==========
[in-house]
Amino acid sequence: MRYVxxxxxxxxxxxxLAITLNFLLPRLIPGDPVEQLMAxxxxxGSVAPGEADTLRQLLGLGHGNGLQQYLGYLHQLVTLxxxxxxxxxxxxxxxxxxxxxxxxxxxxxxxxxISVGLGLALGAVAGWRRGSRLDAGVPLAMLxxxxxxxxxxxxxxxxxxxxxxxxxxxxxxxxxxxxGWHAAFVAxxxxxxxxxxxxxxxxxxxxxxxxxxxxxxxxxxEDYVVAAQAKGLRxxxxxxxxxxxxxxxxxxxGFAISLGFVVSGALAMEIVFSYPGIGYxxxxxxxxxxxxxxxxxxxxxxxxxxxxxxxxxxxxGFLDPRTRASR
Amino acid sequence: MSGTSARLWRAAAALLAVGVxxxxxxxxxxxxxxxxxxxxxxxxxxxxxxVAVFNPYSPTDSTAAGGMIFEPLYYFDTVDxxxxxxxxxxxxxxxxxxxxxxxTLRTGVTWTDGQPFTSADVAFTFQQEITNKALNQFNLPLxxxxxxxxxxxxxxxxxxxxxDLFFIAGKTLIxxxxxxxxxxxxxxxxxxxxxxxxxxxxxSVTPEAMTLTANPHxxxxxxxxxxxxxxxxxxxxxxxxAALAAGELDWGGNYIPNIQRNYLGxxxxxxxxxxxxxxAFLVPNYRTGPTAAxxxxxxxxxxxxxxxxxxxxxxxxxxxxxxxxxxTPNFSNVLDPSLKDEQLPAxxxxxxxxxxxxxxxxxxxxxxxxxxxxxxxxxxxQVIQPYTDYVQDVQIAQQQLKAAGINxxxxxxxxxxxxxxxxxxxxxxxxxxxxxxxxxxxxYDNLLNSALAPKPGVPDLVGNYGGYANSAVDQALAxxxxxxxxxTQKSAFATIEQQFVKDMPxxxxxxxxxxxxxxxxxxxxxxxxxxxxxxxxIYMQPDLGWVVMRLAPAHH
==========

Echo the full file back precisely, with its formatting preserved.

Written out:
[in-house]
Amino acid sequence: MRYVxxxxxxxxxxxxLAITLNFLLPRLIPGDPVEQLMAxxxxxGSVAPGEADTLRQLLGLGHGNGLQQYLGYLHQLVTLxxxxxxxxxxxxxxxxxxxxxxxxxxxxxxxxxISVGLGLALGAVAGWRRGSRLDAGVPLAMLxxxxxxxxxxxxxxxxxxxxxxxxxxxxxxxxxxxxGWHAAFVAxxxxxxxxxxxxxxxxxxxxxxxxxxxxxxxxxxEDYVVAAQAKGLRxxxxxxxxxxxxxxxxxxxGFAISLGFVVSGALAMEIVFSYPGIGYxxxxxxxxxxxxxxxxxxxxxxxxxxxxxxxxxxxxGFLDPRTRASR
Amino acid sequence: MSGTSARLWRAAAALLAVGVxxxxxxxxxxxxxxxxxxxxxxxxxxxxxxVAVFNPYSPTDSTAAGGMIFEPLYYFDTVDxxxxxxxxxxxxxxxxxxxxxxxTLRTGVTWTDGQPFTSADVAFTFQQEITNKALNQFNLPLxxxxxxxxxxxxxxxxxxxxxDLFFIAGKTLIxxxxxxxxxxxxxxxxxxxxxxxxxxxxxSVTPEAMTLTANPHxxxxxxxxxxxxxxxxxxxxxxxxAALAAGELDWGGNYIPNIQRNYLGxxxxxxxxxxxxxxAFLVPNYRTGPTAAxxxxxxxxxxxxxxxxxxxxxxxxxxxxxxxxxxTPNFSNVLDPSLKDEQLPAxxxxxxxxxxxxxxxxxxxxxxxxxxxxxxxxxxxQVIQPYTDYVQDVQIAQQQLKAAGINxxxxxxxxxxxxxxxxxxxxxxxxxxxxxxxxxxxxYDNLLNSALAPKPGVPDLVGNYGGYANSAVDQALAxxxxxxxxxTQKSAFATIEQQFVKDMPxxxxxxxxxxxxxxxxxxxxxxxxxxxxxxxxIYMQPDLGWVVMRLAPAHH